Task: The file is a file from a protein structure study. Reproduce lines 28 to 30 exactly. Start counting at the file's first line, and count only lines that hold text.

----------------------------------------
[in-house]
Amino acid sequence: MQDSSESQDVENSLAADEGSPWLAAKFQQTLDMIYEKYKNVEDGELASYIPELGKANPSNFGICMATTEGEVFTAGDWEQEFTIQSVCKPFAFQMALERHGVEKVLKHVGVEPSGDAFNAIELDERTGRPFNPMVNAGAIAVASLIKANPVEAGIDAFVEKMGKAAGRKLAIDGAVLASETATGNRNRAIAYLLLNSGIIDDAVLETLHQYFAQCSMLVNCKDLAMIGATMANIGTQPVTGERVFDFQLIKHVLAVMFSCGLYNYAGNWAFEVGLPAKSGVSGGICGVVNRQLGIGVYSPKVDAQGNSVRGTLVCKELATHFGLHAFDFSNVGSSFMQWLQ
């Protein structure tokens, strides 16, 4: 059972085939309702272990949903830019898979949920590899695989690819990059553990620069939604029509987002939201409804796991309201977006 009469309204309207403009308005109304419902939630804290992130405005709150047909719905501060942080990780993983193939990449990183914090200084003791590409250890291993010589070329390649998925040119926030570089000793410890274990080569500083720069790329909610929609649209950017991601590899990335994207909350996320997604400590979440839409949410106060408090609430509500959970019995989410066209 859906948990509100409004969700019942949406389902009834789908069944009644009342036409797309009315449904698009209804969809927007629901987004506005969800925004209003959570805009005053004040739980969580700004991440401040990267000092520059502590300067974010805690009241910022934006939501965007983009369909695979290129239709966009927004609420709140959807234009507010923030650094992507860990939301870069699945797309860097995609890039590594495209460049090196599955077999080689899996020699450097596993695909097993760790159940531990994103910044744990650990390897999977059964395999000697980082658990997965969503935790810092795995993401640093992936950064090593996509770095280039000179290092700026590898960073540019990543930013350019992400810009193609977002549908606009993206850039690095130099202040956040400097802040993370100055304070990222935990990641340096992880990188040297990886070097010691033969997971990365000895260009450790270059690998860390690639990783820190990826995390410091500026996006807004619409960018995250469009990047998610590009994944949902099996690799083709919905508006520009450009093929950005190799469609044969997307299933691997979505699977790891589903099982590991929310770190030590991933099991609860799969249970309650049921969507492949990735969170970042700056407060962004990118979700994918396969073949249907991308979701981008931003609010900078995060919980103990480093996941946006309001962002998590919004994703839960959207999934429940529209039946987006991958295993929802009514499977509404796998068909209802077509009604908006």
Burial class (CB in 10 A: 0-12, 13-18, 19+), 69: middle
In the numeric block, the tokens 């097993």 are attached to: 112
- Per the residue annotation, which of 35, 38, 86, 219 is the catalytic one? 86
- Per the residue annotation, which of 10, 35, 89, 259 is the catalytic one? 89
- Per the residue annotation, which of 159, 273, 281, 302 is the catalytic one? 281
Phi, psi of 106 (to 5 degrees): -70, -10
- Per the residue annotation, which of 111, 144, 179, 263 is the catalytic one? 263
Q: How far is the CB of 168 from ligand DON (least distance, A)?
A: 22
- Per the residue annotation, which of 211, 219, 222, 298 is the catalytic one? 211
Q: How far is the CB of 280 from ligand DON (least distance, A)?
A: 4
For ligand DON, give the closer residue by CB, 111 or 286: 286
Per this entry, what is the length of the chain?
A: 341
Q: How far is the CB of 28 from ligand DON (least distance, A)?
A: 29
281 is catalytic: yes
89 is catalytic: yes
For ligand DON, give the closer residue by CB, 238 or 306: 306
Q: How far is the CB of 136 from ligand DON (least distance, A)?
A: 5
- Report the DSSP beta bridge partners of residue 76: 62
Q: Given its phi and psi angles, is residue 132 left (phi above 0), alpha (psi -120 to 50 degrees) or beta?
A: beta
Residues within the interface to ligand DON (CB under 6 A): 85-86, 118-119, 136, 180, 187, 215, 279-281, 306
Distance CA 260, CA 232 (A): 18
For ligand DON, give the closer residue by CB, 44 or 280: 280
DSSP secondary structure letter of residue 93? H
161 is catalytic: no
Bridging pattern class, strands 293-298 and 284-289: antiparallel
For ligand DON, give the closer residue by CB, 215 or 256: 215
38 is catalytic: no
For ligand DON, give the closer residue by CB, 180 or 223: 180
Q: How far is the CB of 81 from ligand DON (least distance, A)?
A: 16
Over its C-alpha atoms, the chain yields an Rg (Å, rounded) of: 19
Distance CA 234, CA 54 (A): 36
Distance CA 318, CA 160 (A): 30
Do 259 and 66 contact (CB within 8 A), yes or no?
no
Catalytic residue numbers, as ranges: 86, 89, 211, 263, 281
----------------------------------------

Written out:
A: beta
Residues within the interface to ligand DON (CB under 6 A): 85-86, 118-119, 136, 180, 187, 215, 279-281, 306
Distance CA 260, CA 232 (A): 18